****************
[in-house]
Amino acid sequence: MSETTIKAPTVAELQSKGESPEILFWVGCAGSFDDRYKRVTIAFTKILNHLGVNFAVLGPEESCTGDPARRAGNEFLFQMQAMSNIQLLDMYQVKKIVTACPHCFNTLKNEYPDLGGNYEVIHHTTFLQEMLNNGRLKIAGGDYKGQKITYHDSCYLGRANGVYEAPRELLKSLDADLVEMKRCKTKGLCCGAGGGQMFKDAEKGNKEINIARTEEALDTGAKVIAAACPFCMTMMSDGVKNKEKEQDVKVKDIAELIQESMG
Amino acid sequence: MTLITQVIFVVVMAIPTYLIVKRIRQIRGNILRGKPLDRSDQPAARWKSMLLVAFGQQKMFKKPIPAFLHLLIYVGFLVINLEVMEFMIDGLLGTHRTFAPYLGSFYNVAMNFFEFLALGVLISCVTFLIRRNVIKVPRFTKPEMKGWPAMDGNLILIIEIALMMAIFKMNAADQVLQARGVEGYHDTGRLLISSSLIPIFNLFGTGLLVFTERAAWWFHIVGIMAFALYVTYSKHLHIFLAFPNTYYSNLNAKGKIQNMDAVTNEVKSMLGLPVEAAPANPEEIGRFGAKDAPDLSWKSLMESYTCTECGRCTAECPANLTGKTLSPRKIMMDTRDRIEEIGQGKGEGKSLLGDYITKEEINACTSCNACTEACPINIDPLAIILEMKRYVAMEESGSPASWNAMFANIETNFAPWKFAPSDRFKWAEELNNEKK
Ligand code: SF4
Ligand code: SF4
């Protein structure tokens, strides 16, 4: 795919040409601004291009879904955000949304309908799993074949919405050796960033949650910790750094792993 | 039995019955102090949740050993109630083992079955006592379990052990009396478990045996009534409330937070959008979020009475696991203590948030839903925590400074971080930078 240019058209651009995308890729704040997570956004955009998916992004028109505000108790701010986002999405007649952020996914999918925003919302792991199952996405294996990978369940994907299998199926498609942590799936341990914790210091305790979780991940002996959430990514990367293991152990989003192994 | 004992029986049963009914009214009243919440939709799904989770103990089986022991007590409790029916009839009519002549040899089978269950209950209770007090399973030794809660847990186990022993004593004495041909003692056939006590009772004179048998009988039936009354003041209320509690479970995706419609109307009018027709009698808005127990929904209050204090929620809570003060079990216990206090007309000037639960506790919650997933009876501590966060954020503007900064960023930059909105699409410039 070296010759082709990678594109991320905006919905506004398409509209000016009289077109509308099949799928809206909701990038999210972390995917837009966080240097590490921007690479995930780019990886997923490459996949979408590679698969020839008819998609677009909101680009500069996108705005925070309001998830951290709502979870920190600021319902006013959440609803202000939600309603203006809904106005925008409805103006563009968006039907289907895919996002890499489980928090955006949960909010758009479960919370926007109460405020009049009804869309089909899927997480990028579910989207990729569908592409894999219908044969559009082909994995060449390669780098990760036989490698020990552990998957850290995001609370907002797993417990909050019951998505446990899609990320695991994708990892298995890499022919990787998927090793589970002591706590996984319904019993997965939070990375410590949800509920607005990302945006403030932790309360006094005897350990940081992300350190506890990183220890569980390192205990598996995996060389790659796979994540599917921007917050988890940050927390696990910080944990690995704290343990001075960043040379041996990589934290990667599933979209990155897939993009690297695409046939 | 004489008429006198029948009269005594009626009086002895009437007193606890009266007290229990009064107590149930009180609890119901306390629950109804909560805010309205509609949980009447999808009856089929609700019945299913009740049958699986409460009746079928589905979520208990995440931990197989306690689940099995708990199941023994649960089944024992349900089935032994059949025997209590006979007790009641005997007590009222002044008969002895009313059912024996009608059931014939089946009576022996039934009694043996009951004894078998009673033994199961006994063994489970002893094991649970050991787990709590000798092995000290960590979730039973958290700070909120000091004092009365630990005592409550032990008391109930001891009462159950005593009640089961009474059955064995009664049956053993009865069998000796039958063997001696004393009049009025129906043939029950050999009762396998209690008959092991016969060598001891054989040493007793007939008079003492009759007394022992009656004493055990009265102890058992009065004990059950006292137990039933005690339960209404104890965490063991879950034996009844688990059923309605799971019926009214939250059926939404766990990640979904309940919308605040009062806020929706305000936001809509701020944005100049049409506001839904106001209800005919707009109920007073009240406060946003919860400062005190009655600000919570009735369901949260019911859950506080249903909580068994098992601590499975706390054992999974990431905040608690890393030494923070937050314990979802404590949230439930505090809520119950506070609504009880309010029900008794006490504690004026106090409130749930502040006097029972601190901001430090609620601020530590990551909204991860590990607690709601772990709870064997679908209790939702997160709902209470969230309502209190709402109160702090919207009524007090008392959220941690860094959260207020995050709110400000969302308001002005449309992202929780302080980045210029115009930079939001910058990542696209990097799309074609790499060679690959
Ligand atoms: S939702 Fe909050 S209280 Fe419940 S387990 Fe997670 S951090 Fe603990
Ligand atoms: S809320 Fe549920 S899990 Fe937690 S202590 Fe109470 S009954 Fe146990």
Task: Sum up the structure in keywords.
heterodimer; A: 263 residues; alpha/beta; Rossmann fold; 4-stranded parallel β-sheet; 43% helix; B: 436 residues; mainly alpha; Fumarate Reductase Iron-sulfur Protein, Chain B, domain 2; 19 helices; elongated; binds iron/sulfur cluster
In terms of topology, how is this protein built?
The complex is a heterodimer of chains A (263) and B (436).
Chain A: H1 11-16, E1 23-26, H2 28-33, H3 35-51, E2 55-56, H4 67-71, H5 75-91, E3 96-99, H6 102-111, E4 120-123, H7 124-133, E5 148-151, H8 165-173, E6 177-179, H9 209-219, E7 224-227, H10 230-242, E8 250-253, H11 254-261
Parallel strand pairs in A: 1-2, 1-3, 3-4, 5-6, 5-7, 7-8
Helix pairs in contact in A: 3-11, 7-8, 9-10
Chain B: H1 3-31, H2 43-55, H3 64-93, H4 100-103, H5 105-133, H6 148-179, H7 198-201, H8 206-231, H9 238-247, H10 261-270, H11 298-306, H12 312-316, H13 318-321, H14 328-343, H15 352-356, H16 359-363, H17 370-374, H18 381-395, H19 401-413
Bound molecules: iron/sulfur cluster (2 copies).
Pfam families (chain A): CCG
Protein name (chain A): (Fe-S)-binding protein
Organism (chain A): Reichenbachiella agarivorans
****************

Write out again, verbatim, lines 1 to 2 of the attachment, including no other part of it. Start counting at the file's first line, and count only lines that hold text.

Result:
[in-house]
Amino acid sequence: MSETTIKAPTVAELQSKGESPEILFWVGCAGSFDDRYKRVTIAFTKILNHLGVNFAVLGPEESCTGDPARRAGNEFLFQMQAMSNIQLLDMYQVKKIVTACPHCFNTLKNEYPDLGGNYEVIHHTTFLQEMLNNGRLKIAGGDYKGQKITYHDSCYLGRANGVYEAPRELLKSLDADLVEMKRCKTKGLCCGAGGGQMFKDAEKGNKEINIARTEEALDTGAKVIAAACPFCMTMMSDGVKNKEKEQDVKVKDIAELIQESMG